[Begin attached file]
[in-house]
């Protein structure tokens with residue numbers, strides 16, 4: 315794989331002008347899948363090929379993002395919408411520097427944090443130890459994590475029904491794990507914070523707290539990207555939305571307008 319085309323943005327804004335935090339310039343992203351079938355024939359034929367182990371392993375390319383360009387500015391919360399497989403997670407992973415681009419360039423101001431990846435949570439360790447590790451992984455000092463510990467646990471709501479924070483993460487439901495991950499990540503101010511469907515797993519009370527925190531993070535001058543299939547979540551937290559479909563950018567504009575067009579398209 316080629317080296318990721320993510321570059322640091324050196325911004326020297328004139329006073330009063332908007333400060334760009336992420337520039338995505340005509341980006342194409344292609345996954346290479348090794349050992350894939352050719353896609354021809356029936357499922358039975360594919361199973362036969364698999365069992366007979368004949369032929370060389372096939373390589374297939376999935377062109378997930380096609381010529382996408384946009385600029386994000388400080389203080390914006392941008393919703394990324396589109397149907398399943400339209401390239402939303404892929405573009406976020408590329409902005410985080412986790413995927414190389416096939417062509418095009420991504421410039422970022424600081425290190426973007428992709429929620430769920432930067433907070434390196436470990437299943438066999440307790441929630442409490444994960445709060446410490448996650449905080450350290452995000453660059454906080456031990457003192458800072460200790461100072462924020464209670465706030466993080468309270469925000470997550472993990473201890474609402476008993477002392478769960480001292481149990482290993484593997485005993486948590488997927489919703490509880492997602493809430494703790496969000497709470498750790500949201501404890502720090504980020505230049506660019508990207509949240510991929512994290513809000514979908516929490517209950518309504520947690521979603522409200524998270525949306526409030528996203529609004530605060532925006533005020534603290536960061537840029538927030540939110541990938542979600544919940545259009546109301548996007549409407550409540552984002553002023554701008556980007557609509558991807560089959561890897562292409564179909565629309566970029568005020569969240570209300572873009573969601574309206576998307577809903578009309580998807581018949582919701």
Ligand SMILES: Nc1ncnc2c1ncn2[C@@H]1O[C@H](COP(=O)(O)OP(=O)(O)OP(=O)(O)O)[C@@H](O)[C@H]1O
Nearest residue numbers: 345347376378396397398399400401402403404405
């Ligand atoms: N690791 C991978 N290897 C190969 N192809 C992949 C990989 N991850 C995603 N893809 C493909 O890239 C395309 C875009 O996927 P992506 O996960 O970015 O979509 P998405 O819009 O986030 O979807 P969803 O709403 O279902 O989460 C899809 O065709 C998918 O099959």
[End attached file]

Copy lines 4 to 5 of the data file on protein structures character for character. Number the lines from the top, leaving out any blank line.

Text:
Nearest residue numbers: 345347376378396397398399400401402403404405
């Ligand atoms: N690791 C991978 N290897 C190969 N192809 C992949 C990989 N991850 C995603 N893809 C493909 O890239 C395309 C875009 O996927 P992506 O996960 O970015 O979509 P998405 O819009 O986030 O979807 P969803 O709403 O279902 O989460 C899809 O065709 C998918 O099959």